Archive for August, 2011
It’s a new year so start it off right! In this newsletter I will be addressing posture, back pack safety and scoliosis screenings. Please let me help you if you have any questions in any of these areas. I packed in a lot of information. Hope it helps.
Posture: I could write a book on this.
Standing habits can contribute to neck and back problems along with effecting the way you age. Yes I said it…standing tall and strong will make you live longer and healthier. Here are some tips, but if you want to know more let me know.
- Simply stand up straight. Don’t be a slouch!
- Make sure your top teeth are level to the ground and your ears are over your shoulders
- Keep your core tight, even with a slight tuck in your pelvis
- The shoes you wear mean a lot, but that’s another newsletter
- Keep yourself moving
You can also stay fit while you sit.
- Don’t slouch or slump. Keep your shoulders out of your ears by rolling them back and down, relax your neck and again keep a slight tuck in your pelvis to avoid sitting with your back arched
- Your knees need to be at or above waist level. This puts your spine in the best position taking pressure off of the low back and making it harder to slouch
- Relax. It is easy to become intense and uptight making you overuse your muscles. Take breaks when you need to find your happy place
- Watch your leg crossing patterns. Although leg crossing should not be encouraged, it’s comfortable and we do it. Be aware of constantly crossing the same leg or sitting on the same foot. This will cause you to tilt and your muscles will accommodate to this position causing muscle that aren’t being used to weaken. If you insist on doing it switch sides regularly
How does aging get involved with this?
- Good posture and a strong core is an important part of anti-aging or aging well. Twenty something’s fear looking old, over fifty’s want to feel good and stay active and if you ask someone over eighty about their fears of aging the #1 response is “not being able to get around and take care of myself.” Your body learns what you teach it and slumping has become the 21st century posture
- A prime example of when bones aren’t balanced, aligned or able to move correctly is arthritis. Posture exercises and balance training keep your body in motion and moving in the proper way, firing muscles in the right order and decreasing the stress on the joints.
- By focusing on posture, balance and restoring proper motion to the body, the body will be under less biomechanical stress and therefore should last longer before wearing out
- Our bodies are designed to move in certain patterns. If injury or chronically poor posture place undue stress on the body, then the body can’t move as it should, setting the stage for future injury and premature aging
- Correct posture can even help you breathe easier and more efficiently.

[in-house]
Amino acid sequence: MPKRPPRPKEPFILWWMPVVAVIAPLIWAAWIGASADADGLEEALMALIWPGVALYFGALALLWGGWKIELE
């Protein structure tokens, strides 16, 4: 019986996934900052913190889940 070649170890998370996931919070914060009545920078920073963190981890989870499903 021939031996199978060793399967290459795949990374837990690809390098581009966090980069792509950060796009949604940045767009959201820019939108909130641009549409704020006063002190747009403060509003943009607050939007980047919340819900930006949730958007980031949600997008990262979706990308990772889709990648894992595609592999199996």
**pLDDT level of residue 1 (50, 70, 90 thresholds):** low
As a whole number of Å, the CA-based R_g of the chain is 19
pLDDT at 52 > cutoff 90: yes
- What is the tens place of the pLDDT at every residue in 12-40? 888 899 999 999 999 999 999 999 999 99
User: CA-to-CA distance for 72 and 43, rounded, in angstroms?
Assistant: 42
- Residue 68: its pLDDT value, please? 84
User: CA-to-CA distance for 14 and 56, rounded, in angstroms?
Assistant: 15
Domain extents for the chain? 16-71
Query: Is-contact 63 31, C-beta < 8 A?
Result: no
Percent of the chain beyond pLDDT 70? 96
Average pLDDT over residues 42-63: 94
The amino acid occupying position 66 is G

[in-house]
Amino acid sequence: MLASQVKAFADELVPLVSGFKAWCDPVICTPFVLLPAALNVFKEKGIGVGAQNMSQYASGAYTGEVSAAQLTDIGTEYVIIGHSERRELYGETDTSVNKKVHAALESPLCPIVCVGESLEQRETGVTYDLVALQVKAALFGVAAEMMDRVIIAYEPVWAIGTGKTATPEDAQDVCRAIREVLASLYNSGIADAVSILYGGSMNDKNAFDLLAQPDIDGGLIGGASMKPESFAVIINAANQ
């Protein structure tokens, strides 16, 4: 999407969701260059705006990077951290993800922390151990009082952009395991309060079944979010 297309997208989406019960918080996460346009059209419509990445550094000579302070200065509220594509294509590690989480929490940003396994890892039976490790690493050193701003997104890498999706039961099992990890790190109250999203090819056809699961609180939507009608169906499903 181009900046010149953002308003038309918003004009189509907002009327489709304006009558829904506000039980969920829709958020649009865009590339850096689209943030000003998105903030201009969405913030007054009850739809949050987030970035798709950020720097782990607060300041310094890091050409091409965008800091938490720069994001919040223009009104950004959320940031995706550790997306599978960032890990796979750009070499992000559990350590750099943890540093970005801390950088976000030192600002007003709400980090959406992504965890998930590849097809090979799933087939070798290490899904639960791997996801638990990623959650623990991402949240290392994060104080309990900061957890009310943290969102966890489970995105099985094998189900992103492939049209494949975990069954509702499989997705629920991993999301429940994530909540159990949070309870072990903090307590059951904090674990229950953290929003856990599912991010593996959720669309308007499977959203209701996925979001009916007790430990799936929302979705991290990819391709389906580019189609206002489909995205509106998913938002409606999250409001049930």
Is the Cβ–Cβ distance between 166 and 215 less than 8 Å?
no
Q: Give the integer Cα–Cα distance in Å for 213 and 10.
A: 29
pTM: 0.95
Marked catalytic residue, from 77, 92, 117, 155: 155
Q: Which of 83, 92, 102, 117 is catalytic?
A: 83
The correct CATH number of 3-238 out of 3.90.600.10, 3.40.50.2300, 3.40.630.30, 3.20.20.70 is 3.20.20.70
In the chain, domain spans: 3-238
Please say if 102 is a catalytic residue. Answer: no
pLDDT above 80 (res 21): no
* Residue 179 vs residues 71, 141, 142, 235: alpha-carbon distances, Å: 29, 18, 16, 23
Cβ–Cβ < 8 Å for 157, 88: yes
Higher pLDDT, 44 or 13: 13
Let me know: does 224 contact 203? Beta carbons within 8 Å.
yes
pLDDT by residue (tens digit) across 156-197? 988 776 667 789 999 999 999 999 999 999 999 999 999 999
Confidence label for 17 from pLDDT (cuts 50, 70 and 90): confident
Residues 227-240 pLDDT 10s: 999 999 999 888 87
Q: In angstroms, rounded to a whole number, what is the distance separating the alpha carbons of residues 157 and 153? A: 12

Now let’s talk back packs! Every student needs something to carry those huge books. Here’s what you need to know:
- About half of all American school children carry too much weight in their backpacks, causing neck, shoulder and back pain.
- 10% of kids miss school and sports activities each year because of pain caused by bulked up backpacks
- Teens are more at risk of pain and injury, because boys and girls have those teen growth spurts.
- Kids who walk to school are more likely to suffer because they log more backpack hours
- Improper fit increases the chance of pain and injury. Backpacks worn too low or on one shoulder are causing back problems for kids.
- Never let kids carry more than 15% of their body weight.
- Put the heaviest book closest to the child’s back and arrange materials so they don’t slide around.
- Make sure the items are necessary to avoid overloading.
- Consider using a book bag on wheels if your child’s school allows it.
- Both shoulder straps should always be worn, creating equal stress on the joints
- Select a pack with well-padded shoulder straps. When too much pressure is applied to the neck and shoulders blood vessels and nerves are pressed on which causes pain and tingling.
- Adjust the straps so the backpack fits snugly on the back. If it hangs loosely it can pull the child backwards causing muscle strain and compensation.
- Wear the waist belt if it has one. This helps distribute the weight more evenly.
- The bottom of the backpack should rest in the curve of the lower back.
- Choose the right size for your child’s age and height.
We recommend: http://www.airpacks.com. We can help fit your child for the correct back pack. Give us a call.
These are done at most schools by the school nurse. We all remember putting our hands together and bending forward to get our spine looked at! That’s all that’s done. There is so much more involved with making sure your child gets the attention they need as soon as they need it.
The role of screening is to detect the disease at a stage where early detection will influence positively the outcome of the problem (i.e., avoid surgery or braces). As a chiropractor, I am a biomechanical, spinal expert. So, of course, I believe these screenings should be done in our office.
If you have any concerns about your child or even yourself, let me know. It’s never too late to take care of your spine!